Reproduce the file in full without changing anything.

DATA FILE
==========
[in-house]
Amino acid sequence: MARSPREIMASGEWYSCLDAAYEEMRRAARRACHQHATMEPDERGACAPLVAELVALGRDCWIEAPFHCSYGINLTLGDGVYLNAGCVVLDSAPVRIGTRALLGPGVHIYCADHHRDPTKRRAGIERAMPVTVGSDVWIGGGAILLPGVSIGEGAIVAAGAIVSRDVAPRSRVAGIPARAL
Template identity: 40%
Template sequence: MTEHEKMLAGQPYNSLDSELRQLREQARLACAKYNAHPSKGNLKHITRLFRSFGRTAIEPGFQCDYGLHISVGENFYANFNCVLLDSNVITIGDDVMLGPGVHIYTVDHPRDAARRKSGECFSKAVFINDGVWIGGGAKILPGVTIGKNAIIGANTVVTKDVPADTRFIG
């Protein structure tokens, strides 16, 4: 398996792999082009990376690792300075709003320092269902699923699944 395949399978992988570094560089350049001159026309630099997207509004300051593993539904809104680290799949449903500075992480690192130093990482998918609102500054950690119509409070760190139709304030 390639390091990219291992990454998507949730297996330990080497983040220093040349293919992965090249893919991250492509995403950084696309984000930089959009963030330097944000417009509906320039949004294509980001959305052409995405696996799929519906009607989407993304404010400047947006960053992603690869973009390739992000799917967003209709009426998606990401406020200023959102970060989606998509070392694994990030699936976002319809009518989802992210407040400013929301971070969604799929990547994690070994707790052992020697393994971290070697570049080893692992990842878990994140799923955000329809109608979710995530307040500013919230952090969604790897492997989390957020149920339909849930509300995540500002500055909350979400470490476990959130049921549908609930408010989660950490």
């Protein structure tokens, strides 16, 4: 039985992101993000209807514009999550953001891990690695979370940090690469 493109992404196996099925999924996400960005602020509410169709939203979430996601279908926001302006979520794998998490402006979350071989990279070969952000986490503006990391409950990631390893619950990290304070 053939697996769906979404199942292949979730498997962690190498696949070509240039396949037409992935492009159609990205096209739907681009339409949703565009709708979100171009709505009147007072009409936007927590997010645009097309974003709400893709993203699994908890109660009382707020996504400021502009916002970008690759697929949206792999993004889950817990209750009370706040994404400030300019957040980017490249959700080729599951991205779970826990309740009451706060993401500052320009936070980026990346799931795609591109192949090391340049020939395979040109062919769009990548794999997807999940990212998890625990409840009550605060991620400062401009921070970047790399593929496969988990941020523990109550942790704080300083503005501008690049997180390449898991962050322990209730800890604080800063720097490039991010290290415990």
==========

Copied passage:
[in-house]
Amino acid sequence: MARSPREIMASGEWYSCLDAAYEEMRRAARRACHQHATMEPDERGACAPLVAELVALGRDCWIEAPFHCSYGINLTLGDGVYLNAGCVVLDSAPVRIGTRALLGPGVHIYCADHHRDPTKRRAGIERAMPVTVGSDVWIGGGAILLPGVSIGEGAIVAAGAIVSRDVAPRSRVAGIPARAL
Template identity: 40%
Template sequence: MTEHEKMLAGQPYNSLDSELRQLREQARLACAKYNAHPSKGNLKHITRLFRSFGRTAIEPGFQCDYGLHISVGENFYANFNCVLLDSNVITIGDDVMLGPGVHIYTVDHPRDAARRKSGECFSKAVFINDGVWIGGGAKILPGVTIGKNAIIGANTVVTKDVPADTRFIG
């Protein structure tokens, strides 16, 4: 398996792999082009990376690792300075709003320092269902699923699944 395949399978992988570094560089350049001159026309630099997207509004300051593993539904809104680290799949449903500075992480690192130093990482998918609102500054950690119509409070760190139709304030 390639390091990219291992990454998507949730297996330990080497983040220093040349293919992965090249893919991250492509995403950084696309984000930089959009963030330097944000417009509906320039949004294509980001959305052409995405696996799929519906009607989407993304404010400047947006960053992603690869973009390739992000799917967003209709009426998606990401406020200023959102970060989606998509070392694994990030699936976002319809009518989802992210407040400013929301971070969604799929990547994690070994707790052992020697393994971290070697570049080893692992990842878990994140799923955000329809109608979710995530307040500013919230952090969604790897492997989390957020149920339909849930509300995540500002500055909350979400470490476990959130049921549908609930408010989660950490």
């Protein structure tokens, strides 16, 4: 039985992101993000209807514009999550953001891990690695979370940090690469 493109992404196996099925999924996400960005602020509410169709939203979430996601279908926001302006979520794998998490402006979350071989990279070969952000986490503006990391409950990631390893619950990290304070 053939697996769906979404199942292949979730498997962690190498696949070509240039396949037409992935492009159609990205096209739907681009339409949703565009709708979100171009709505009147007072009409936007927590997010645009097309974003709400893709993203699994908890109660009382707020996504400021502009916002970008690759697929949206792999993004889950817990209750009370706040994404400030300019957040980017490249959700080729599951991205779970826990309740009451706060993401500052320009936070980026990346799931795609591109192949090391340049020939395979040109062919769009990548794999997807999940990212998890625990409840009550605060991620400062401009921070970047790399593929496969988990941020523990109550942790704080300083503005501008690049997180390449898991962050322990209730800890604080800063720097490039991010290290415990």